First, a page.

Sacramento, Calif., (October 11, 2017) – The California Endowment released the following statement today commending Governor Brown and the California legislature for reaffirming our state’s leadership on juvenile justice reform and signing two important bills into law, SB 394 (Parole for Juveniles) and SB 395 (Miranda Rights). Both measures were part of the six-bill #EquityAndJustice reform package authored by Senators Ricardo Lara and Holly J. Mitchell.
“The bills signed today by Governor Brown keep California firmly on a path toward investing in our youth and creating real community safety. Slowly but surely, California is shifting away from a culture of punishment and toward a culture of prevention, rehabilitation, and health,” said Daniel Zingale, Senior Vice President of The California Endowment. “This is exactly the kind of change Californians envisioned when they gathered more than 20,000-strong on the Capitol Mall last month for #SchoolsNotPrisons #Imagine Justice with Common and friends for an unforgettable night of music, art, activism.”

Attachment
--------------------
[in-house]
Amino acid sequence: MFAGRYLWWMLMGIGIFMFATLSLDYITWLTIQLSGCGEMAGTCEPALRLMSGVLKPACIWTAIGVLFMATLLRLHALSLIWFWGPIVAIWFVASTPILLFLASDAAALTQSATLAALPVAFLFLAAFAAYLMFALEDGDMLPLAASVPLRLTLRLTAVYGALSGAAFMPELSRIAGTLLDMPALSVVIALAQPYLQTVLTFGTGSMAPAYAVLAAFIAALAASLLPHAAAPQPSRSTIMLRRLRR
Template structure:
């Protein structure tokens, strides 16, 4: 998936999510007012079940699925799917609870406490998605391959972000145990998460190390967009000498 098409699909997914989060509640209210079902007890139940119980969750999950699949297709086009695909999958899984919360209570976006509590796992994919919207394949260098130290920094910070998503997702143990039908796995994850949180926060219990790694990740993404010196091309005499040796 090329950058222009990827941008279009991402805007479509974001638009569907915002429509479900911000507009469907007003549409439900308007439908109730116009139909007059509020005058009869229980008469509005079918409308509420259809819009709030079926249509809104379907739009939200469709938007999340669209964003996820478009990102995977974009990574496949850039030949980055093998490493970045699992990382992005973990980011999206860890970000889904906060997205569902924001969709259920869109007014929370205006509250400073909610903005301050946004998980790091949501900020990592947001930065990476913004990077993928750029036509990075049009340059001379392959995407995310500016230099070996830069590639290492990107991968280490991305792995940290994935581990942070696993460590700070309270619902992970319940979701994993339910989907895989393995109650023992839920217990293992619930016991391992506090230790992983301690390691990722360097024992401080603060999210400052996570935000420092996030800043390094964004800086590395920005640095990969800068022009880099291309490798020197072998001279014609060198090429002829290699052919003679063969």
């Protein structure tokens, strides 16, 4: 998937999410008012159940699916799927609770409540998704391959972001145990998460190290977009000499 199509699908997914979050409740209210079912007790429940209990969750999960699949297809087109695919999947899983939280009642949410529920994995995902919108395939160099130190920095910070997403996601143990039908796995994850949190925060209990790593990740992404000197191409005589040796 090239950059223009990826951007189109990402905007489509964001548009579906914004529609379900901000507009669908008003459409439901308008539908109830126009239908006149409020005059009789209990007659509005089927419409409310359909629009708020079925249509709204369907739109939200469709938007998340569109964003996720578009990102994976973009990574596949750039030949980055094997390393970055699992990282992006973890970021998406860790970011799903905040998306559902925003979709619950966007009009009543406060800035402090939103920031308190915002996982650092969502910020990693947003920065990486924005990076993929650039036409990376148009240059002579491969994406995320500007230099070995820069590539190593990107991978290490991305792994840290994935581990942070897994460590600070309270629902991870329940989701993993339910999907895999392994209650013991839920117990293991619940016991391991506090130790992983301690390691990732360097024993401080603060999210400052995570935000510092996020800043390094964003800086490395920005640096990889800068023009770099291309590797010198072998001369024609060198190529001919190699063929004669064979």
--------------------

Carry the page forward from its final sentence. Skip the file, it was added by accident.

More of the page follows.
- SB 394 brings California in line with recent Supreme Court decisions, including Montgomery v. Louisiana, which bars sentences of life without the possibility of parole for juvenile offenders.
- SB 395 extends Miranda rights for young people and requires legal consultation before waiving Miranda
“Both bills recognize that young people are fundamentally different from adults, and that they have the capacity to change,” Zingale added. “These important measures work to give our youth the opportunity to live up to their full potential and become contributing members of our communities, ultimately making our state safer, healthier and more equitable.”
About The California Endowment
The California Endowment, a private, statewide health foundation, was established in 1996 to expand access to, quality health care for underserved individuals and communities, and to promote fundamental affordable improvements in the health status of all Californians. Headquartered in downtown Los Angeles, The Endowment has regional offices in Sacramento, Oakland, Fresno and San Diego, with program staff working throughout the state. The Endowment challenges the conventional wisdom that medical settings and individual choices are solely responsible for people’s health. Through its ‘Health Happens Here’ campaign and ten-year initiative for Building Healthy Communities, The Endowment is creating places where children are healthy, safe and ready to learn. At its core, The Endowment believes that health happens in neighborhoods, schools, and with prevention. For more information, visit The California Endowment’s homepage at www.calendow.org